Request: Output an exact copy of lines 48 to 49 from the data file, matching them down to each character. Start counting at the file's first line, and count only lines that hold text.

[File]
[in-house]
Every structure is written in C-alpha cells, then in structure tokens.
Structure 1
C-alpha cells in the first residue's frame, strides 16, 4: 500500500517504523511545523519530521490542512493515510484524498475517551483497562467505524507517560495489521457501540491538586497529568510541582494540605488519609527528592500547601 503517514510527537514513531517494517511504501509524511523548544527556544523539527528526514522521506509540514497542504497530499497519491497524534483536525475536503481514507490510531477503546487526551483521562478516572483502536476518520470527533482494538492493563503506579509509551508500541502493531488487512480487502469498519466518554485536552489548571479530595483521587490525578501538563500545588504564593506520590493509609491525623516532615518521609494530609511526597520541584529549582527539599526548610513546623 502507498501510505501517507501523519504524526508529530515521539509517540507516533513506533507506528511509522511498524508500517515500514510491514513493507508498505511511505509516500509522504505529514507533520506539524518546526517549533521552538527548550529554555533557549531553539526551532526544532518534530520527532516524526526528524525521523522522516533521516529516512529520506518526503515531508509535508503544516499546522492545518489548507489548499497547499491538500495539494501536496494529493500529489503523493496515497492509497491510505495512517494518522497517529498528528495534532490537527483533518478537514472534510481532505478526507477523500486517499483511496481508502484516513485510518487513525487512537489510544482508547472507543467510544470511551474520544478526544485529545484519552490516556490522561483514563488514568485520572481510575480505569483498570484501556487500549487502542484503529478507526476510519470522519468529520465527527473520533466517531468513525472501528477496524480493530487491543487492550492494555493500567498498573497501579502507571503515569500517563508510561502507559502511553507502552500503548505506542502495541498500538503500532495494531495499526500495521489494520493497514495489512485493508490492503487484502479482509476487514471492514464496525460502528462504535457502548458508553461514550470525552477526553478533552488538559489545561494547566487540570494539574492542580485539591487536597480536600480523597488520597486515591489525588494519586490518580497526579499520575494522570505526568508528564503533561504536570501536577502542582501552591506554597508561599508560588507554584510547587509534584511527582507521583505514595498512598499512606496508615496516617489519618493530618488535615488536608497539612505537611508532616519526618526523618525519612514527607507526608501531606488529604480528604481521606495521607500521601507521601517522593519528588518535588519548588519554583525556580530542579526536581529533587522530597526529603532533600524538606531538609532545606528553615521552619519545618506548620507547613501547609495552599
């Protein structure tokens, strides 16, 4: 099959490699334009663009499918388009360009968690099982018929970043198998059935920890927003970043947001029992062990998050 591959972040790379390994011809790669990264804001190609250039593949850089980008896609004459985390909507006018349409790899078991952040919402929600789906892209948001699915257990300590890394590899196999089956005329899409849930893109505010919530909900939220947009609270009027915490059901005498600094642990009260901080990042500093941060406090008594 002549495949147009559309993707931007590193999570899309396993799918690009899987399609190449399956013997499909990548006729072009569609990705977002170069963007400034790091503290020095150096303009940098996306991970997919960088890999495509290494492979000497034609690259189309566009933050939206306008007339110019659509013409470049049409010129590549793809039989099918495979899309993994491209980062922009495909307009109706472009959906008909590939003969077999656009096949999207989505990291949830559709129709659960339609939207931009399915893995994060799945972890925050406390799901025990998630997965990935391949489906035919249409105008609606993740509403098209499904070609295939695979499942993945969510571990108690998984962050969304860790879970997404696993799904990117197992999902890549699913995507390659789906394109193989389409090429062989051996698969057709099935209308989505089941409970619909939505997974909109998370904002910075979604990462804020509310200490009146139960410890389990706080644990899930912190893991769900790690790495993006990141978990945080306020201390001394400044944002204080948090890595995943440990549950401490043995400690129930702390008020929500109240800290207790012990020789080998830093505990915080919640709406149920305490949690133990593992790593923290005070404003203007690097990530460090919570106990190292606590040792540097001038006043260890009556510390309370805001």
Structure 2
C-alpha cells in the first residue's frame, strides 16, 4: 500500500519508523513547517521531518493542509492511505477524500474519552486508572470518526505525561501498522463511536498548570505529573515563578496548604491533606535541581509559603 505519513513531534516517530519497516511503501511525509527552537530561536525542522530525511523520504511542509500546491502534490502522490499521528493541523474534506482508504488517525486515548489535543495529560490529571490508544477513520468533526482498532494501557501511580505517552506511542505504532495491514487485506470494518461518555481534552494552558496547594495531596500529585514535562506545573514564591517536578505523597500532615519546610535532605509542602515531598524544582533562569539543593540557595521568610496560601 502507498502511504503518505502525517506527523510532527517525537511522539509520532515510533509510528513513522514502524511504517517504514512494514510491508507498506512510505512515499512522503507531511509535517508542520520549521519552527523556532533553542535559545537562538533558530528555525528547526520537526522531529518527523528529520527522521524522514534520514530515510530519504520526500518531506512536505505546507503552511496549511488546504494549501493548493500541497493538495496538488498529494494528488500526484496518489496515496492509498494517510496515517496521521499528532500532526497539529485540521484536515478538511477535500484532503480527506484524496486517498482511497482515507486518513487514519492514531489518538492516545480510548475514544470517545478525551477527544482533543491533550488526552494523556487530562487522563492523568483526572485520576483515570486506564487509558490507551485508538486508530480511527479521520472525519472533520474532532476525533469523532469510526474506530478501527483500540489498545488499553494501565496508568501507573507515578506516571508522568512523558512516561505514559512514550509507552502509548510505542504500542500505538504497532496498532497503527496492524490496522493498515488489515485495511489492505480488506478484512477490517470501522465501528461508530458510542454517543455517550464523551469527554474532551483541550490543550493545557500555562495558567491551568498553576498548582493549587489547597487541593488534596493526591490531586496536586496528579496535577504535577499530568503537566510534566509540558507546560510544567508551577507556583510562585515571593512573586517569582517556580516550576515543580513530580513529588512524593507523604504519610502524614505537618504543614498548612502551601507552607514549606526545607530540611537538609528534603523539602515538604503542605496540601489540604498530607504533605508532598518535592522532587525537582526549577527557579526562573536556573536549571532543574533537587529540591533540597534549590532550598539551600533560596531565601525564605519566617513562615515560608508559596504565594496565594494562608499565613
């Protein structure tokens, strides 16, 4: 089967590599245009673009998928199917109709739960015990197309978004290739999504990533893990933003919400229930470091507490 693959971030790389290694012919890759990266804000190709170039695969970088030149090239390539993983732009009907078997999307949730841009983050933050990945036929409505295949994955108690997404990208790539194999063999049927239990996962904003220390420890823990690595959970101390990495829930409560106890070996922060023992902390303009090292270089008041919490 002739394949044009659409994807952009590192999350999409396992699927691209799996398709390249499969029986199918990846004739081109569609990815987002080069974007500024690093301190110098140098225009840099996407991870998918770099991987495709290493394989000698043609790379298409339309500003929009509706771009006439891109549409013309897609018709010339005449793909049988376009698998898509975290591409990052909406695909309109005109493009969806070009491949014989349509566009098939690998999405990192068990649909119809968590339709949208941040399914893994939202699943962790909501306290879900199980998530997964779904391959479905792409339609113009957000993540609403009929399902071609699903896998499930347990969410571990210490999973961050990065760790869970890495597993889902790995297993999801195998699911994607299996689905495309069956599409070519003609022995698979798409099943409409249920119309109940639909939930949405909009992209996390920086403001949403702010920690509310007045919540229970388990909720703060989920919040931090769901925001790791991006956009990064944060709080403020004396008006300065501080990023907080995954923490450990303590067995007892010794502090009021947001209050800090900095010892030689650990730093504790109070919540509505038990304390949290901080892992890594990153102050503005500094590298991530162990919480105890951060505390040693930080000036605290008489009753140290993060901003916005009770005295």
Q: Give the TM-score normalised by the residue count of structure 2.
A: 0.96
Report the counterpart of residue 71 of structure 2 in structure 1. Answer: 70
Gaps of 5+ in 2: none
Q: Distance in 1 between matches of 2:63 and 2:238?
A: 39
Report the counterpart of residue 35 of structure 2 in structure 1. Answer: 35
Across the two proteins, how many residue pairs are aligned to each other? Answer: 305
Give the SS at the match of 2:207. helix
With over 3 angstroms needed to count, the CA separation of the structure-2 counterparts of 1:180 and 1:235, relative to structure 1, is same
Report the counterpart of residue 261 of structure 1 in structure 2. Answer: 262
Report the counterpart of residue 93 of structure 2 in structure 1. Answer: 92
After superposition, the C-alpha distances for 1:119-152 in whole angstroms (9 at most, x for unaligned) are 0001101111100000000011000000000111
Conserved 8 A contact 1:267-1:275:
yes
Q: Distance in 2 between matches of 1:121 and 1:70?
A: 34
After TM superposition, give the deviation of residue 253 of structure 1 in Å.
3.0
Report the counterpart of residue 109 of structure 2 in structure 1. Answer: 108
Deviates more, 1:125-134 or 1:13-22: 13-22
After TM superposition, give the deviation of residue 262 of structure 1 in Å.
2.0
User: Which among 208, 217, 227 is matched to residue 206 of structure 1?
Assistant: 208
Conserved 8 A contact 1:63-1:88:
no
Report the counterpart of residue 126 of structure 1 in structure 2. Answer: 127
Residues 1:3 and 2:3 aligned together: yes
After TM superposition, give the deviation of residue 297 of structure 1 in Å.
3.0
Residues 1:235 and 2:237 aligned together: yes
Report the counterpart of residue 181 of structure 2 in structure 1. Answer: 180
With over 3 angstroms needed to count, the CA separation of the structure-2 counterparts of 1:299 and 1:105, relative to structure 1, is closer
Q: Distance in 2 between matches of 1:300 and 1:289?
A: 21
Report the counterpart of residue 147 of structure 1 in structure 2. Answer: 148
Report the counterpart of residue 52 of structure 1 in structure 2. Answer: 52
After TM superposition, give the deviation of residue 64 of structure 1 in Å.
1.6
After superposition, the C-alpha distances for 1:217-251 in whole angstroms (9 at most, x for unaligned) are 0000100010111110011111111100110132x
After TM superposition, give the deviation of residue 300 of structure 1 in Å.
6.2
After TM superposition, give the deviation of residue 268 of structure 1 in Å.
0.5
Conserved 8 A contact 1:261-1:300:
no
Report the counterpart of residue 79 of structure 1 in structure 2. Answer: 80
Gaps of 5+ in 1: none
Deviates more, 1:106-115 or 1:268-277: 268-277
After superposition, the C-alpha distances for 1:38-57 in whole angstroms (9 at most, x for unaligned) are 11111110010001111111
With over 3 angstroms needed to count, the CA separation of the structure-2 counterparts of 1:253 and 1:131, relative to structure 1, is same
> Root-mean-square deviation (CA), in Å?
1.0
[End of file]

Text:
1.6
After superposition, the C-alpha distances for 1:217-251 in whole angstroms (9 at most, x for unaligned) are 0000100010111110011111111100110132x